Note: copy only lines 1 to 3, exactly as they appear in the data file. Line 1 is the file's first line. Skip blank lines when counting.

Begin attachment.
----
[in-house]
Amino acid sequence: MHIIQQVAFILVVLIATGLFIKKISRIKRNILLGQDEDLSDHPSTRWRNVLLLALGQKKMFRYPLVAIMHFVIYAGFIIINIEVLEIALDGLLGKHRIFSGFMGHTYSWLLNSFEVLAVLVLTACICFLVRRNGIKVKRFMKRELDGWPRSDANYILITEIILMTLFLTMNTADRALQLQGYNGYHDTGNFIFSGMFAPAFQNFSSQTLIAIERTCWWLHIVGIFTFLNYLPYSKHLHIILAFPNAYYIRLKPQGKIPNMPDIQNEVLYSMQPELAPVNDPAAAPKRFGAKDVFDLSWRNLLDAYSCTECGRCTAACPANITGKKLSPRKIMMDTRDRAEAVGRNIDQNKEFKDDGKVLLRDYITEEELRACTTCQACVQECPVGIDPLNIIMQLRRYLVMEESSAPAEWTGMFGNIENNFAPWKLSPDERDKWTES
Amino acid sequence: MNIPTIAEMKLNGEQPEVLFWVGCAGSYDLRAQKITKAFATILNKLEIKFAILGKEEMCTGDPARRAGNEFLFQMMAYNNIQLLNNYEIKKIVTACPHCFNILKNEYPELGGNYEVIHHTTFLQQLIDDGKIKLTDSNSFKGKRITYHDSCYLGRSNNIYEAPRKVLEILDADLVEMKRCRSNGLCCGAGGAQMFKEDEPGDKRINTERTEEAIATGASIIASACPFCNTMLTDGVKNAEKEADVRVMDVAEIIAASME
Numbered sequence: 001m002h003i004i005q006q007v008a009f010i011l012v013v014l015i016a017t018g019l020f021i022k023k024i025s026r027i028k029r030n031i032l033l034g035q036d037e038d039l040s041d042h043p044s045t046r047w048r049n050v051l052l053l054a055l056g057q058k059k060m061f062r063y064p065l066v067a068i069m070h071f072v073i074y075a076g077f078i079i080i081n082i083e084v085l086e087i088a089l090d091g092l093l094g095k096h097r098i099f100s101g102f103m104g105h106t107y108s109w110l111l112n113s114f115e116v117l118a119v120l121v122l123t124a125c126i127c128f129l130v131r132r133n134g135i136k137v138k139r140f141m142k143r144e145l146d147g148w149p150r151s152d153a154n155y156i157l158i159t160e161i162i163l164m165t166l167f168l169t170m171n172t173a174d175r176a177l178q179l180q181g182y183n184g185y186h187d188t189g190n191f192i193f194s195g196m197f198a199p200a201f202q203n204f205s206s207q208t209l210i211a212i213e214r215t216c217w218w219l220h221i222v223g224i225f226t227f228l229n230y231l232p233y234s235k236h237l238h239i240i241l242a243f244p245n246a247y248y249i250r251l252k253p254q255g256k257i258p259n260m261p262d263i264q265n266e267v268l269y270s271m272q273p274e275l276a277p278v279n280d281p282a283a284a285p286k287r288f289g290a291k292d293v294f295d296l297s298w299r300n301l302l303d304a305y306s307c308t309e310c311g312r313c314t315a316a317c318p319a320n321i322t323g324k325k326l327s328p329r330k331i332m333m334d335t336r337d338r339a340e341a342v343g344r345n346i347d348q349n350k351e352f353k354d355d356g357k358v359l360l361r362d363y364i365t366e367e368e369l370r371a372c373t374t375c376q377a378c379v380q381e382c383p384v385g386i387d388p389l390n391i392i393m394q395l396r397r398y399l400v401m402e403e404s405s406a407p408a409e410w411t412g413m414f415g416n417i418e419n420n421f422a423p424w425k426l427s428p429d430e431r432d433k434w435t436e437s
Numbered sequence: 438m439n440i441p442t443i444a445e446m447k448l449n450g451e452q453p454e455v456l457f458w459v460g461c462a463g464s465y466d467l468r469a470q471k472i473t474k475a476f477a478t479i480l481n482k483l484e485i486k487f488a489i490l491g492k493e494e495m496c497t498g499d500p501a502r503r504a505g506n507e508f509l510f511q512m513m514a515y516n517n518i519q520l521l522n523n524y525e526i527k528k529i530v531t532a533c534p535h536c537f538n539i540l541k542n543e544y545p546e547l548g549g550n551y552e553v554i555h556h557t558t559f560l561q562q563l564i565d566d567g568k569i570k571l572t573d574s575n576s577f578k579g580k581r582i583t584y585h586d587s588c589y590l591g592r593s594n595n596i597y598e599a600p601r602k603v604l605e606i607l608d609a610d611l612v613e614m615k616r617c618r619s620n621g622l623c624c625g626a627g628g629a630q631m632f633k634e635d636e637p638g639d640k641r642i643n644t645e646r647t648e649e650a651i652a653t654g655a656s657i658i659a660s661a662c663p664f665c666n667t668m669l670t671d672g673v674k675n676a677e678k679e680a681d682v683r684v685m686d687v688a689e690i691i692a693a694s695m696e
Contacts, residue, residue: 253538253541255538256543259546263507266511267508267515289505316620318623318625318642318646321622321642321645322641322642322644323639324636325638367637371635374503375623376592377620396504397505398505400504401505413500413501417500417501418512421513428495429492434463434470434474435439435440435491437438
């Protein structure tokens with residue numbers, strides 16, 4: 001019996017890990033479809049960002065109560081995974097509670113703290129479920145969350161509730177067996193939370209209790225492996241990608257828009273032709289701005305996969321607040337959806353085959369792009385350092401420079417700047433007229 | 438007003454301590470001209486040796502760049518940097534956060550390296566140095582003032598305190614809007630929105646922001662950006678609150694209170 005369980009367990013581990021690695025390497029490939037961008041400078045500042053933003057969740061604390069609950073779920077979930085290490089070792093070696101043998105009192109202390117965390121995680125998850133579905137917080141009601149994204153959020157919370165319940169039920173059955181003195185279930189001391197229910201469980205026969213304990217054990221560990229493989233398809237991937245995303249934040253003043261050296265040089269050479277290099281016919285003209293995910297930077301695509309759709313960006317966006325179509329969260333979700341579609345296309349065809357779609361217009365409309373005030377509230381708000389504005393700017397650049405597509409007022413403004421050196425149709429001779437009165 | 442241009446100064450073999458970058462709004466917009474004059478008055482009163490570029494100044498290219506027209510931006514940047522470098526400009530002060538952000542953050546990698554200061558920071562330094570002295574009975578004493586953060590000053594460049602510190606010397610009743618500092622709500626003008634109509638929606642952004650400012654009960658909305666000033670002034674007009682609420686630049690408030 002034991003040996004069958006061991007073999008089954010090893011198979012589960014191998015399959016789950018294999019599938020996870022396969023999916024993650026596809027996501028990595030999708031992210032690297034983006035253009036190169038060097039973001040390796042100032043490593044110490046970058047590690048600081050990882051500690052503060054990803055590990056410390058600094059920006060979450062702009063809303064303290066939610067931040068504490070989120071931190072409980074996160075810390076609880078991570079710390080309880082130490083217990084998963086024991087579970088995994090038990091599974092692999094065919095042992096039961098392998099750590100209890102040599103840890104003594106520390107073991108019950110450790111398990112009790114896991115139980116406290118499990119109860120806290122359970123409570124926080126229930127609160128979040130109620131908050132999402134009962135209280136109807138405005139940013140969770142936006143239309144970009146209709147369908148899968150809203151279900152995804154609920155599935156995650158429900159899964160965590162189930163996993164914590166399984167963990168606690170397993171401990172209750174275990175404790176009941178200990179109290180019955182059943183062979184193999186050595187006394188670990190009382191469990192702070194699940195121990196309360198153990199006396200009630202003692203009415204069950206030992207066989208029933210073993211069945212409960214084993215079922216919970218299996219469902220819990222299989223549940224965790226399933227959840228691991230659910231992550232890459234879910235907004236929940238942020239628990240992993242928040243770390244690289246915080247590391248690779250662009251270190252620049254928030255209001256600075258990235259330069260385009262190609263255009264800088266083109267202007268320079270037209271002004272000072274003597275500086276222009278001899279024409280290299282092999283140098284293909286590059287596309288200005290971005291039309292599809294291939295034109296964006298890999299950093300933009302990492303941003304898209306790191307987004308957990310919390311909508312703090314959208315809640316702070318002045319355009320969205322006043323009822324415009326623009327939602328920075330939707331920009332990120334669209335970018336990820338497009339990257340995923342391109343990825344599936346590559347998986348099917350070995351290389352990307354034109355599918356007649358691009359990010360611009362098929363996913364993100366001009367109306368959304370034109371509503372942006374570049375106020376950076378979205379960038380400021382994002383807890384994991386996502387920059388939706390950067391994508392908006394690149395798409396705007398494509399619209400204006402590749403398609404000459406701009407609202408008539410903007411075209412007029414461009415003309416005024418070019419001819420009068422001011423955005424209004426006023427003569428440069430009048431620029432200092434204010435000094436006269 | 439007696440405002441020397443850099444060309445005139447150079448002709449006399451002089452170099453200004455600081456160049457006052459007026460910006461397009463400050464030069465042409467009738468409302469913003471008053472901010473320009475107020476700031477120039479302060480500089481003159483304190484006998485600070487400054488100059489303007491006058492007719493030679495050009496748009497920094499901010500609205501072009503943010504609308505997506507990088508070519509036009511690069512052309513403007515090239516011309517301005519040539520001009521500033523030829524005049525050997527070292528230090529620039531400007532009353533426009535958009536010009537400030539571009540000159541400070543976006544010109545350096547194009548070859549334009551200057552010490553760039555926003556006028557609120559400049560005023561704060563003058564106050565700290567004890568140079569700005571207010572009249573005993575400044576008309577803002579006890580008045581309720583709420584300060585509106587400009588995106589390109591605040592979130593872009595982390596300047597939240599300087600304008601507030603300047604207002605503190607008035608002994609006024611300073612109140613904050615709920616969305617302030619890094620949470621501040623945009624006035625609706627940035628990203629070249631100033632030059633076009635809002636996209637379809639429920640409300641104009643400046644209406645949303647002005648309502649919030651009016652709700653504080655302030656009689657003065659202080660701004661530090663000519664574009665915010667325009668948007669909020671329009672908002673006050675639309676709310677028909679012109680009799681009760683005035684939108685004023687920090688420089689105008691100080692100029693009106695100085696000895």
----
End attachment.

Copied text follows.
[in-house]
Amino acid sequence: MHIIQQVAFILVVLIATGLFIKKISRIKRNILLGQDEDLSDHPSTRWRNVLLLALGQKKMFRYPLVAIMHFVIYAGFIIINIEVLEIALDGLLGKHRIFSGFMGHTYSWLLNSFEVLAVLVLTACICFLVRRNGIKVKRFMKRELDGWPRSDANYILITEIILMTLFLTMNTADRALQLQGYNGYHDTGNFIFSGMFAPAFQNFSSQTLIAIERTCWWLHIVGIFTFLNYLPYSKHLHIILAFPNAYYIRLKPQGKIPNMPDIQNEVLYSMQPELAPVNDPAAAPKRFGAKDVFDLSWRNLLDAYSCTECGRCTAACPANITGKKLSPRKIMMDTRDRAEAVGRNIDQNKEFKDDGKVLLRDYITEEELRACTTCQACVQECPVGIDPLNIIMQLRRYLVMEESSAPAEWTGMFGNIENNFAPWKLSPDERDKWTES
Amino acid sequence: MNIPTIAEMKLNGEQPEVLFWVGCAGSYDLRAQKITKAFATILNKLEIKFAILGKEEMCTGDPARRAGNEFLFQMMAYNNIQLLNNYEIKKIVTACPHCFNILKNEYPELGGNYEVIHHTTFLQQLIDDGKIKLTDSNSFKGKRITYHDSCYLGRSNNIYEAPRKVLEILDADLVEMKRCRSNGLCCGAGGAQMFKEDEPGDKRINTERTEEAIATGASIIASACPFCNTMLTDGVKNAEKEADVRVMDVAEIIAASME